Corporal Punishment Issues Arise in Custody and Domestic Violence Cases

Maryland Divorce and Custody Attorneys know that divorcing couples often disagree on parenting issues. This may include disagreement over corporal punishment. The issue of corporal punishment can also arise in situation where the parents are in agreement.

The use of corporal punishment can become (i) a criminal charge of child abuse under Section 3-601 of Criminal Law Article, (ii) a child abuse investigation and finding by the Department of Social Services under Section 5-701 of Family Law Article (subject to appeal to the Office of Administrative Hearings), (iii) a domestic violence case under Section 4-501 of the Family Law Article and (iv) an issue in a custody or visitation dispute.

When corporal punishment causes injury to the child, even if unintended, the conduct of the parent will be closely scrutinized.

In each of these types of proceedings, a parent’s conduct can have important consequences to his or her parental rights. It is important for parents who might be involved in any of these types of litigation to understand the basic concepts of child abuse and be able to discuss the issue with their Family Law Attorney.

Section 4-501 Family Law Article adopts the common law principle permitting “reasonable punishment including reasonable corporal punishment, in light of the age and condition of the child performed by a parent or step-parent of a child.” However, when corporal punishment causes injury to the child, even if unintended, it is likely that the conduct of the parent will be closely scrutinized.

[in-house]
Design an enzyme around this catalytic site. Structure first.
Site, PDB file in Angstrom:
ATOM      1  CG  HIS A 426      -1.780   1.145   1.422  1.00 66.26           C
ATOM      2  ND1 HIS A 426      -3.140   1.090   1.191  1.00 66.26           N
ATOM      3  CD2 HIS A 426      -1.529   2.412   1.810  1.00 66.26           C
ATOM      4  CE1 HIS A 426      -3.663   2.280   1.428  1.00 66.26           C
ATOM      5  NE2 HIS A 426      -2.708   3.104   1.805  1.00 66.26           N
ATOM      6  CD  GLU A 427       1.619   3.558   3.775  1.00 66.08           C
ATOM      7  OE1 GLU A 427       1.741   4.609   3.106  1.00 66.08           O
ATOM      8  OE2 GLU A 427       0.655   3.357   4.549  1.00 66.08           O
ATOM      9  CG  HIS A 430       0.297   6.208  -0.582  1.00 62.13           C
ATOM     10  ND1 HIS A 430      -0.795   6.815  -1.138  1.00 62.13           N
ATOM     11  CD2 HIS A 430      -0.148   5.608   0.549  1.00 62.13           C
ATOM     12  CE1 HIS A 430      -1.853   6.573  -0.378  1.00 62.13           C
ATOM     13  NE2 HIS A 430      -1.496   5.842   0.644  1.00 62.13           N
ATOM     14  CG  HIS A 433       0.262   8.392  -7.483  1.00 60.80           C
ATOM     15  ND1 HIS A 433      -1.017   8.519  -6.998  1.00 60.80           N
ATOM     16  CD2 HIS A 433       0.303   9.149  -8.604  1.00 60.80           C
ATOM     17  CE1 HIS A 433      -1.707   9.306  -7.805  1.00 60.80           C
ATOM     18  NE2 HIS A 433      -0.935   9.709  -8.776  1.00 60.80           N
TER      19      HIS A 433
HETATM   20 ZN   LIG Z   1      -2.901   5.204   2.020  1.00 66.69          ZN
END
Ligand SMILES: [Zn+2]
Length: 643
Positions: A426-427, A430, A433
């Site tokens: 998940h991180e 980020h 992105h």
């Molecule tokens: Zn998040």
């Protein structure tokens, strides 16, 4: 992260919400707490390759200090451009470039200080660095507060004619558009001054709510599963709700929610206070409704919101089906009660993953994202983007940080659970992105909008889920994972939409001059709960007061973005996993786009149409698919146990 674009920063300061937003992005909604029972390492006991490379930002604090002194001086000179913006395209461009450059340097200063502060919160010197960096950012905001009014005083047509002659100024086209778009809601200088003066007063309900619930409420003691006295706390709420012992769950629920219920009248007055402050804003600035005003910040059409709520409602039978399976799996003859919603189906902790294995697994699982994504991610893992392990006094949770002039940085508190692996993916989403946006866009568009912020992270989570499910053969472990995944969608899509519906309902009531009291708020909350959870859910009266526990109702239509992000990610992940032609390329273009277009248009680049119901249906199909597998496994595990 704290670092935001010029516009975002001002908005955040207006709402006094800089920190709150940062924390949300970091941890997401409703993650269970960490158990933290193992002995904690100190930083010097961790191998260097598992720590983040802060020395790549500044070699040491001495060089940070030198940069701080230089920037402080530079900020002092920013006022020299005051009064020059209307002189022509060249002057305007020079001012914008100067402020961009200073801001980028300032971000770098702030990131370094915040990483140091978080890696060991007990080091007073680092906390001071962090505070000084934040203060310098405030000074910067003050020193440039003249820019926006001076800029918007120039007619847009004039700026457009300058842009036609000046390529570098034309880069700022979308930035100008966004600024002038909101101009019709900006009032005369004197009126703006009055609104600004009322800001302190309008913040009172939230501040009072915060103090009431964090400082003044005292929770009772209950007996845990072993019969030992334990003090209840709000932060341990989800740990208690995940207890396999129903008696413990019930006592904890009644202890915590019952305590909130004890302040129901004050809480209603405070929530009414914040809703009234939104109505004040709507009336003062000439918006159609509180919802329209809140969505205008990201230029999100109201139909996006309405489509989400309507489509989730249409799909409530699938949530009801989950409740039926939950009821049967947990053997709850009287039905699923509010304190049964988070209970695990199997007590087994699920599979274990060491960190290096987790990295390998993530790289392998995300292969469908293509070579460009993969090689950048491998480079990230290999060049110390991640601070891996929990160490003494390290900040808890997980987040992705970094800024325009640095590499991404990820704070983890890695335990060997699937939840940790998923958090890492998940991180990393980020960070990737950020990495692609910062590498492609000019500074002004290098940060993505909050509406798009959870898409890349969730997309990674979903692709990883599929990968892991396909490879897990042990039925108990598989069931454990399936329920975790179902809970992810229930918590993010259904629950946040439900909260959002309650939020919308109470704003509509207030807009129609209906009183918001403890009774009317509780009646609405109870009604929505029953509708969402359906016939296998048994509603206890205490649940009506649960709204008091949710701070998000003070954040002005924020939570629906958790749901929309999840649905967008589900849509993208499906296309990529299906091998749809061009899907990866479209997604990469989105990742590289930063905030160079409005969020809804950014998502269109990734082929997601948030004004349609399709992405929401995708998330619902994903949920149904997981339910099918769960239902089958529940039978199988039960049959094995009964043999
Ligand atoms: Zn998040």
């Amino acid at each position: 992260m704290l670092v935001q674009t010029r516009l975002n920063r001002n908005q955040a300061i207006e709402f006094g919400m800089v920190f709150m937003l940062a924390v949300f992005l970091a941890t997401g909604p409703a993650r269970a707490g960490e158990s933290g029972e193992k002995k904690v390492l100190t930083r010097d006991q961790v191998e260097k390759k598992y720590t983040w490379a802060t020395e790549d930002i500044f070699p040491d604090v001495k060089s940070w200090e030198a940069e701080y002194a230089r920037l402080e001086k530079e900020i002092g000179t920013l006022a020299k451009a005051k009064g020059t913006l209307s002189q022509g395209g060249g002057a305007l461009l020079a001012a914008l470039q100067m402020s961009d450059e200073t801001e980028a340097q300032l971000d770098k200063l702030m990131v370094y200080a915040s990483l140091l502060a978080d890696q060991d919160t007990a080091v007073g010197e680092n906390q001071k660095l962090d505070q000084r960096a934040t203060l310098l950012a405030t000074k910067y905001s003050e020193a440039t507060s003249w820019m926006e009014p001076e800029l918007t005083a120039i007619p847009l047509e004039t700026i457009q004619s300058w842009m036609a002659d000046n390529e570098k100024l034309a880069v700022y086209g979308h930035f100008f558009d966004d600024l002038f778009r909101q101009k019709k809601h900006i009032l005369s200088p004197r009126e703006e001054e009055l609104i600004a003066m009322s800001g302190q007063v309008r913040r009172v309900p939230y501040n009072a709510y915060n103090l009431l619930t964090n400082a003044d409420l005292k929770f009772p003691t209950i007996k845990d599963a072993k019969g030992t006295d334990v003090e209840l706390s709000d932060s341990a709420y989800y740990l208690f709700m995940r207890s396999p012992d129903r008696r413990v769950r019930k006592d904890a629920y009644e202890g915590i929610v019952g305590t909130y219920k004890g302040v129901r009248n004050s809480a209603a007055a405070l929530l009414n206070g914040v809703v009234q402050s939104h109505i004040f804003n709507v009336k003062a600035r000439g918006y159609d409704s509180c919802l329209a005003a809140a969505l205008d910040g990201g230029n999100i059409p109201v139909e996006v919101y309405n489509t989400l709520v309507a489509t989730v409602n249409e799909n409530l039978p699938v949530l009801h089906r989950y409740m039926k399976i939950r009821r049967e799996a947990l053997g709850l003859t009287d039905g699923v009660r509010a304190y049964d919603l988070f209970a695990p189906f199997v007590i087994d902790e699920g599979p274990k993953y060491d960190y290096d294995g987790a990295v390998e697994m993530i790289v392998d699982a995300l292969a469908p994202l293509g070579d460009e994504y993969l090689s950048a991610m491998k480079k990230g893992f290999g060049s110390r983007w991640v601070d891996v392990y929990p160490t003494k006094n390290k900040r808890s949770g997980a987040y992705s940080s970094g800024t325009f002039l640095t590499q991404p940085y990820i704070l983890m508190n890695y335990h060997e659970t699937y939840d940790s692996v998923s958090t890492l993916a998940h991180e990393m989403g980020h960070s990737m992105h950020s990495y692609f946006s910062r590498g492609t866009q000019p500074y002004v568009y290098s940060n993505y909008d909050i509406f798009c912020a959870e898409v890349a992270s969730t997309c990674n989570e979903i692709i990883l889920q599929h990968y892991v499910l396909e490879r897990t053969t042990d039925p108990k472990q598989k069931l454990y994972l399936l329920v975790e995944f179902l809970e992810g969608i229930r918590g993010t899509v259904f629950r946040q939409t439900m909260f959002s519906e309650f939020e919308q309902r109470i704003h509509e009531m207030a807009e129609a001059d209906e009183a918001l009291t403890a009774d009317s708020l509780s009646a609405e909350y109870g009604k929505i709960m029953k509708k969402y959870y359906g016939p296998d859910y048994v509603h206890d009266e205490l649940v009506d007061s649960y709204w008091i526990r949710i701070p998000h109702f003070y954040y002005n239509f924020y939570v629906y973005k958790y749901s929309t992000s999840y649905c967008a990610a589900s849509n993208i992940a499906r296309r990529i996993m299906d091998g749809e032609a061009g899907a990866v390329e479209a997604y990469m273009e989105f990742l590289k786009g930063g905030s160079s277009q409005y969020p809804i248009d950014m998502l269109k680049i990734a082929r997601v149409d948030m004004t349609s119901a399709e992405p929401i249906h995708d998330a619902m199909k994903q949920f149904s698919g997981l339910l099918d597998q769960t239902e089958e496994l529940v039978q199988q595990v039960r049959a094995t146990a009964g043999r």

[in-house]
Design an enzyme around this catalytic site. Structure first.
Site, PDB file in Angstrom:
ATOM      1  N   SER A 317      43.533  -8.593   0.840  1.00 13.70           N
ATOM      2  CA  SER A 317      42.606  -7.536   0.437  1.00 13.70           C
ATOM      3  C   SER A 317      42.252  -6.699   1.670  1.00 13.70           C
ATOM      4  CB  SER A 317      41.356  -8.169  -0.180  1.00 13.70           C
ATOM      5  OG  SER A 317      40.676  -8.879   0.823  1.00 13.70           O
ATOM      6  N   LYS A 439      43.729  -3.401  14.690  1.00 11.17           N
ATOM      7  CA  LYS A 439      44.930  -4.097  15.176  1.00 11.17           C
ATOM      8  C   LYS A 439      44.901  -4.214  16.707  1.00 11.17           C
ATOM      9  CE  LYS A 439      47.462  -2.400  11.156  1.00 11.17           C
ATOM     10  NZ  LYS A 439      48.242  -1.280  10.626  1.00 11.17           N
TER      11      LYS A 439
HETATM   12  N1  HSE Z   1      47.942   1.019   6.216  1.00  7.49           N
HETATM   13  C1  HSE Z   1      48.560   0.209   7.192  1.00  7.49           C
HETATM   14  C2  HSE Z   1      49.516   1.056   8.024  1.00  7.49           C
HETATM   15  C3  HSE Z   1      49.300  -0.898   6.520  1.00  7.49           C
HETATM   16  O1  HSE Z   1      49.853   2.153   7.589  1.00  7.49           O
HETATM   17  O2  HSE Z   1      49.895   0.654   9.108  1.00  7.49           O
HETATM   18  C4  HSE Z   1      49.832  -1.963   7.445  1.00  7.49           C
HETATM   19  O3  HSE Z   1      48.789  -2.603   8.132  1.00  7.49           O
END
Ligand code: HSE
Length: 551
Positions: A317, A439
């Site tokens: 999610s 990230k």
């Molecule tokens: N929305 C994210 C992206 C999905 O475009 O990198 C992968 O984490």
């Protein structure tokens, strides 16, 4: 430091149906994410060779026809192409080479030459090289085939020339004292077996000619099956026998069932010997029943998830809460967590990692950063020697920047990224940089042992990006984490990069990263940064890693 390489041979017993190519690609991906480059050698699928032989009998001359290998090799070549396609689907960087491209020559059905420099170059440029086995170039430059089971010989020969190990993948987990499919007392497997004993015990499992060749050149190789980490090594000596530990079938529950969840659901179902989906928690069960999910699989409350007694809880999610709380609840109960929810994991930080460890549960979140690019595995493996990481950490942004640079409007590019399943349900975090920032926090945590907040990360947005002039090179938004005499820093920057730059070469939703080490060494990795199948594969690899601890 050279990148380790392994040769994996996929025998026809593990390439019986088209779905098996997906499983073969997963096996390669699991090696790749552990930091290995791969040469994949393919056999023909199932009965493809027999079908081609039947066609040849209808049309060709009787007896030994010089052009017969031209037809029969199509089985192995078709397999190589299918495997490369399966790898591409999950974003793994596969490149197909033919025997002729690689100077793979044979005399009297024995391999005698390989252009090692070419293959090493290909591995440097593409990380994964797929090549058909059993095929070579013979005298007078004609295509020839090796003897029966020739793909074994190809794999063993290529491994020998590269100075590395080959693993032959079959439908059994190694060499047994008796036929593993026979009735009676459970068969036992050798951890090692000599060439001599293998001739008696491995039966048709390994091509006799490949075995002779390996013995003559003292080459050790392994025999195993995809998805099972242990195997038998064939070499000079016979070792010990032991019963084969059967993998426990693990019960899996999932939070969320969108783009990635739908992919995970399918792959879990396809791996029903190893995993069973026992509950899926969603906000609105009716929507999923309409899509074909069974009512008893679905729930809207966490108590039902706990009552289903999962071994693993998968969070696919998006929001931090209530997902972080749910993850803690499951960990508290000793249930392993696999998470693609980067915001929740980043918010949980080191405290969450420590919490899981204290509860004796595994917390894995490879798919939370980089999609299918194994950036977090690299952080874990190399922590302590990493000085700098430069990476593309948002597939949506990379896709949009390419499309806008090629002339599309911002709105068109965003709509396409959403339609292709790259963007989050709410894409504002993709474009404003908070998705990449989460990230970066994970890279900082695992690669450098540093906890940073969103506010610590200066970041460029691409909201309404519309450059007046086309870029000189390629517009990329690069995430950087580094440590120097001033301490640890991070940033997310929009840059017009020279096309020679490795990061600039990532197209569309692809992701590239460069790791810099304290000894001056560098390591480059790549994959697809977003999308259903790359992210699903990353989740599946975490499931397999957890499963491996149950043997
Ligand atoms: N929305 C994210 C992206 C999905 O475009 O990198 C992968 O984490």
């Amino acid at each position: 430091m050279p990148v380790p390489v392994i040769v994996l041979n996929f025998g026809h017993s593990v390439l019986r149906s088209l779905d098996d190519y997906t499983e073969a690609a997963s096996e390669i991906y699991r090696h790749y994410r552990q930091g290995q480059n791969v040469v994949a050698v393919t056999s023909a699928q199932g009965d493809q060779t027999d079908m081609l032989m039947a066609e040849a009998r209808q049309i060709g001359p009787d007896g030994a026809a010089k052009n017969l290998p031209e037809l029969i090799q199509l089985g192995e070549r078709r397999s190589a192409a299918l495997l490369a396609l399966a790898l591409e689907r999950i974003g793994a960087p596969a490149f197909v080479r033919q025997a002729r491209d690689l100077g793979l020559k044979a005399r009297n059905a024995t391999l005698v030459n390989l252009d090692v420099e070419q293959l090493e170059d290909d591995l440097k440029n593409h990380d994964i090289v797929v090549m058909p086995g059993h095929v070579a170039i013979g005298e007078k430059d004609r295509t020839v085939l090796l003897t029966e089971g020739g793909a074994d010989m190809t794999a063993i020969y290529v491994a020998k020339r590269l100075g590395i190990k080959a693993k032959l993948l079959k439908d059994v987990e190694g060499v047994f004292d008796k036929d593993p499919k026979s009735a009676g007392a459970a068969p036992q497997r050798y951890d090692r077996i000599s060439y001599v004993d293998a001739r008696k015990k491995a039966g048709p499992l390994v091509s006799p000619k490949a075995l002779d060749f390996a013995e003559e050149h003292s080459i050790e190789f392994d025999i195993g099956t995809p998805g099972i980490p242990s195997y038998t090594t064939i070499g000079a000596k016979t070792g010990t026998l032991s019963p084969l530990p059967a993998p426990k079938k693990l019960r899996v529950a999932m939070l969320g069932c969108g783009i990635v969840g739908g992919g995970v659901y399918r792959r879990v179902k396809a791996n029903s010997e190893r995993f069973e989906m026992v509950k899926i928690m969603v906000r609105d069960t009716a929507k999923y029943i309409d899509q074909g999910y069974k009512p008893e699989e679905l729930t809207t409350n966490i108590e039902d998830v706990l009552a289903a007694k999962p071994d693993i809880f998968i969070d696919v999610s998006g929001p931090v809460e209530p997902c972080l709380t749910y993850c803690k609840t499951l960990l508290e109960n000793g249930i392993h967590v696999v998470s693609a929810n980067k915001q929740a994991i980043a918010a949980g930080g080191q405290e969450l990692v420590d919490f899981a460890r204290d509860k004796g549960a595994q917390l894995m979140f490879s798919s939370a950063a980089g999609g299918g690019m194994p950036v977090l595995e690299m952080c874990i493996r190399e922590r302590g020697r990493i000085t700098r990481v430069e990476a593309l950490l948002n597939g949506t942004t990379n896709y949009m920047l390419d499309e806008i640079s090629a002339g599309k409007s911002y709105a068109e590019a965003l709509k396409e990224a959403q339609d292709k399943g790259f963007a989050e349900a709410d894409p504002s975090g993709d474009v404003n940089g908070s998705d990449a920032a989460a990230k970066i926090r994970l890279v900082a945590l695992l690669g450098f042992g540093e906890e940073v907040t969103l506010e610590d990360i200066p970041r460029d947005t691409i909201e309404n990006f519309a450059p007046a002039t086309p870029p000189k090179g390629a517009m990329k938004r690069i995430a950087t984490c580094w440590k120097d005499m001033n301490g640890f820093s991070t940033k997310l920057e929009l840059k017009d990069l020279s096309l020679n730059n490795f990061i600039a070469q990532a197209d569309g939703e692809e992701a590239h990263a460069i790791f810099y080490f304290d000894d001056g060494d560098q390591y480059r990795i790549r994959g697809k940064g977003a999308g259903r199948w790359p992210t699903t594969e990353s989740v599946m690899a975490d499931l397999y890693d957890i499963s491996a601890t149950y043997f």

There are two Maryland appeals court opinions that offer guidance in such cases. The first is Charles County Department of Social Services vs. Vann in which the Department’s finding of child abuse was upheld. In this case, a six year old was trying to evade punishment by his father who sought to strike him on the buttocks with a belt. Father had swung a rather large belt buckle at his son who attempted to evade the blows by twisting, turning and grabbing the belt. The boy’s back was injured. The Court found that it was reckless to have swung the belt buckle at the child. His evasive response meant that the blow could have landed anywhere on his body. Indeed the injuries could have been far more severe.

In Department of Human Resources vs. Howard, the Court of Special Appeals, the court reversed a finding by the Department based on inadvertent injuries to 13 year old boy’s eye. Mother intended to hit the child in the back of the head with her knuckles. He surprised her by turning his head towards her so that she struck him in the eye. Mother did not act with intent to harm the boy or with recklessness towards his safety or welfare.